Urban areas like New York City are big cities. Surrounding areas are aptly called the suburbs. The cities, unlike the suburbs, are usually comprised of large, tall buildings made of concrete and marble. These buildings are usually built close to each other with little to no space between them. The space is usually paved. The populations and population densities are usually high (Census 2021). In contrast to this, the suburban areas have smaller buildings and these are spaced apart. The space between these structures are usually green and dirt. The population and population densities are smaller compared to those of cities. One phenomenon which can be observed is that cities usually have higher temperatures compared to the surrounding suburban areas. This phenomenon is referred to as an Urban Heat Island (EPA 2023).
Our fact-finding field trip involved taking temperature readings of the air and different surfaces in Columbus Park in Brooklyn. The surfaces where the temperature was measured were pavement, cement, dirt, and grass. The measurements were taken at three distinct locations , for each surface type, and the average was then calculated. The initial plan was to measure the temperatures of these surfaces in both the sun and the shade, but the cloud cover was about 50% and covered our survey area. Therefore, all readings were taken in the shade. An infrared camera/ thermometer and a hand held infrared thermometer were used to measure the surface temperatures. In addition to the two previously mentioned instruments, a specialized room/ air temperature reader was used to measure the air temperature.
According to the EPA, there are two types of urban heat islands: atmospheric heat islands and surface heat islands. In our experiment, we did not collect sufficient data to model how the atmospheric temperatures would vary from cities to suburban areas. However, as mentioned before, the layout of the buildings in cities allows extraordinarily little space between these structures than they would in suburban areas. This allows for less movement of wind in cities and subsequently, less cooling by winds. In addition, the high populations and building structures of a big city like New York, translates to high energy consumption. These two factors combined can contribute to higher air (atmospheric) temperatures in the urban area than in the surrounding suburbs. However, since our data collection was limited, I can only theorize that the atmospheric temperatures in New York City are higher than that of the surrounding areas.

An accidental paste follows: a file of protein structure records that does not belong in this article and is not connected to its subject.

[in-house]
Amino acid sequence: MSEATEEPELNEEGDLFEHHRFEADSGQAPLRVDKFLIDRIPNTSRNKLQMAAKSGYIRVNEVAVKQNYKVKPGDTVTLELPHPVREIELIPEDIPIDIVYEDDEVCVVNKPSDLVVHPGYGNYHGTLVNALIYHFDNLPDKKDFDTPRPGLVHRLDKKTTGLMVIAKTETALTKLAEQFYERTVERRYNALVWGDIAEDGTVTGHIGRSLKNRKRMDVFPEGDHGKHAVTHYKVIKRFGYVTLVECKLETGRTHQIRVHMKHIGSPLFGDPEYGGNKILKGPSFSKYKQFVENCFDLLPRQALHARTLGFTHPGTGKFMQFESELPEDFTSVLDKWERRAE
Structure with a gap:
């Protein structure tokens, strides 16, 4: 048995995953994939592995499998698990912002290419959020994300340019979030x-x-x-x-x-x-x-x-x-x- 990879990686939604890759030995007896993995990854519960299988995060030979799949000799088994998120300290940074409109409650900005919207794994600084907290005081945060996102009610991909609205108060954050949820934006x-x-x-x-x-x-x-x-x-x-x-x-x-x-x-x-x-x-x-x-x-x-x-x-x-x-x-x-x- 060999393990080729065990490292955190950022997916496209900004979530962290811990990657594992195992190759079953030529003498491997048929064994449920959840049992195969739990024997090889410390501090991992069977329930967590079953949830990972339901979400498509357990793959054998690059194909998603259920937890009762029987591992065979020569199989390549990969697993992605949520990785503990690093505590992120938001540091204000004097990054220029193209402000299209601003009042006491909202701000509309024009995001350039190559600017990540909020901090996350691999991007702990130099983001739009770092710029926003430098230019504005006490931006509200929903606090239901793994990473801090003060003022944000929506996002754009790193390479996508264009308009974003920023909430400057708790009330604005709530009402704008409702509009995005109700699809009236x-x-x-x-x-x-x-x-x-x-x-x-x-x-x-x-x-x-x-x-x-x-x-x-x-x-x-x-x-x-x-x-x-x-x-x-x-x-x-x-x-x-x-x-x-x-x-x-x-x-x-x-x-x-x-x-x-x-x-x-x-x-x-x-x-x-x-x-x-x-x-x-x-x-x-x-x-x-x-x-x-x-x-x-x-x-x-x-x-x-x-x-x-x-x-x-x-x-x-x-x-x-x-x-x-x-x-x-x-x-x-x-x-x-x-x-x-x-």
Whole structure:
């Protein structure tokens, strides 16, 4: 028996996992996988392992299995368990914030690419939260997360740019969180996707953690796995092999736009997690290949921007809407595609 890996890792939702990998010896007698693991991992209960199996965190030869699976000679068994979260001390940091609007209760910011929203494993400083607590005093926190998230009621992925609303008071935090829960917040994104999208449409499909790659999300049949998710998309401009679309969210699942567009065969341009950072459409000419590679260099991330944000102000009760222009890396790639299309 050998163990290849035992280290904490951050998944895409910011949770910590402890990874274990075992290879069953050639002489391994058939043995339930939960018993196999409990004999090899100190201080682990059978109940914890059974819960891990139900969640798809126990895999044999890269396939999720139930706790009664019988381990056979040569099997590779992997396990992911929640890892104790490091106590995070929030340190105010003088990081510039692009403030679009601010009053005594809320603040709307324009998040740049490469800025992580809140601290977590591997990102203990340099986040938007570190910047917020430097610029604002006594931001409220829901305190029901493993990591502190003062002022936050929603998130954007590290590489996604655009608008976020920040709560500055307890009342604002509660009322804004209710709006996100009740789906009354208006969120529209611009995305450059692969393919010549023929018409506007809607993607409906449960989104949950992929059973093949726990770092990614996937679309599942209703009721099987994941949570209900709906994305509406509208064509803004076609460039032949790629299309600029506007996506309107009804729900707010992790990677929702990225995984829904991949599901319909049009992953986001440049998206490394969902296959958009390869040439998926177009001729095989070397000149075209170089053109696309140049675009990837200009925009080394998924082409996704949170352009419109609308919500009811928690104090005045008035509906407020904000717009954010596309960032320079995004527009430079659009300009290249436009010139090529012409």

The data showed on October 17th, 2023 in Columbus Park , Brooklyn, the average temperature of the:
- pavement was 18.40 °C
- cement was 17.63 °C
- Dirt was 13.33 °C; and
- Grass was 13.00 °C.
This variation in temperature recordings can provide a model through which we can understand why Urban surface heat islands exist. As we can see, pavements and cement have a higher surface temperature while dirt and grass have a lower surface temperature. It logically follows that our cities will have higher surface temperatures than the suburbs since the surface of the cities are primarily made of pavement and cement.
Different surfaces absorb electromagnetic from the sun and that energy is absorbed by the different surfaces, in pavement and concrete, that energy is used to raise the temperature of the surface resulting in higher temperatures. The dirt absorbs some of that energy and reflects some of that energy. In grass, and plants, some of that energy is used in photosynthesis and less of that energy pool is available to raise the temperature of those surfaces (UC Berkeley 2020).
Based in these observations of surface temperatures, the most obvious recommendation to mitigate the effect of urban heat islands would be to build more green spaces. Here the plants can help by reducing the amount of the sun’s energy that is converted to heat by using photosynthesis to make food. Another recommendation would be to have dirt instead of pavement where possible.
- US Census Bureau. (2021, December 16). Understanding population density. Census.gov. https://www.census.gov/newsroom/blogs/random-samplings/2015/03/understanding-population-density.html#:~:text=While%20the%20population%20density%20inside,neighborhoods%20within%20a%20single%20city.
- “Heat Island Effect | US EPA.” Learn About Heat Islands, Uniited States Environmental Protection Agency, 28 Aug. 2023, epa.gov/heatislands/learn-about-heat-islands.
- Absorption / reflection of sunlight – Understanding Global Change. (2020, September 11). Understanding Global Change. https://ugc.berkeley.edu/background-content/reflection-absorption-sunlight/#:~:text=Absorption%20of%20sunlight%20causes%20the,radiation%2C%20also%20known%20as%20heat.